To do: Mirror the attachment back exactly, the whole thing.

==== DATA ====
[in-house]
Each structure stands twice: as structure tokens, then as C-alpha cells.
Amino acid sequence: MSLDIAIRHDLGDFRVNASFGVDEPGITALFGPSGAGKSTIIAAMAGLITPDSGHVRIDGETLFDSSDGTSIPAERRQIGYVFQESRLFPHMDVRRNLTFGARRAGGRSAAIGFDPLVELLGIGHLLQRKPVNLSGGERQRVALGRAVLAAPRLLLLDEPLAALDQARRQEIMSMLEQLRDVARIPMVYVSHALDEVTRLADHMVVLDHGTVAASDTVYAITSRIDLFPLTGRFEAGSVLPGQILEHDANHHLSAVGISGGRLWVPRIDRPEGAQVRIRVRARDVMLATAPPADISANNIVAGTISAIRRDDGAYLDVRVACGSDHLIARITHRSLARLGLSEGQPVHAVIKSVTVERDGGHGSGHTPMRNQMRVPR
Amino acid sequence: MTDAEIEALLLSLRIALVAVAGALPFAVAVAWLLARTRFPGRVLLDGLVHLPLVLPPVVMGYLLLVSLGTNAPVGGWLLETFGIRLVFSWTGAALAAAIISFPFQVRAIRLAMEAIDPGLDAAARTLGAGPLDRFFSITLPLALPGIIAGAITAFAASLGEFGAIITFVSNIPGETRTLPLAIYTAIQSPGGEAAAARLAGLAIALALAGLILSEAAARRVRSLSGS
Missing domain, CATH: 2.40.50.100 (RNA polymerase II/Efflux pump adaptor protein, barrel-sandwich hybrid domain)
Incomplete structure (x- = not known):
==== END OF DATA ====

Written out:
[in-house]
Each structure stands twice: as structure tokens, then as C-alpha cells.
Amino acid sequence: MSLDIAIRHDLGDFRVNASFGVDEPGITALFGPSGAGKSTIIAAMAGLITPDSGHVRIDGETLFDSSDGTSIPAERRQIGYVFQESRLFPHMDVRRNLTFGARRAGGRSAAIGFDPLVELLGIGHLLQRKPVNLSGGERQRVALGRAVLAAPRLLLLDEPLAALDQARRQEIMSMLEQLRDVARIPMVYVSHALDEVTRLADHMVVLDHGTVAASDTVYAITSRIDLFPLTGRFEAGSVLPGQILEHDANHHLSAVGISGGRLWVPRIDRPEGAQVRIRVRARDVMLATAPPADISANNIVAGTISAIRRDDGAYLDVRVACGSDHLIARITHRSLARLGLSEGQPVHAVIKSVTVERDGGHGSGHTPMRNQMRVPR
Amino acid sequence: MTDAEIEALLLSLRIALVAVAGALPFAVAVAWLLARTRFPGRVLLDGLVHLPLVLPPVVMGYLLLVSLGTNAPVGGWLLETFGIRLVFSWTGAALAAAIISFPFQVRAIRLAMEAIDPGLDAAARTLGAGPLDRFFSITLPLALPGIIAGAITAFAASLGEFGAIITFVSNIPGETRTLPLAIYTAIQSPGGEAAAARLAGLAIALALAGLILSEAAARRVRSLSGS
Missing domain, CATH: 2.40.50.100 (RNA polymerase II/Efflux pump adaptor protein, barrel-sandwich hybrid domain)
Incomplete structure (x- = not known):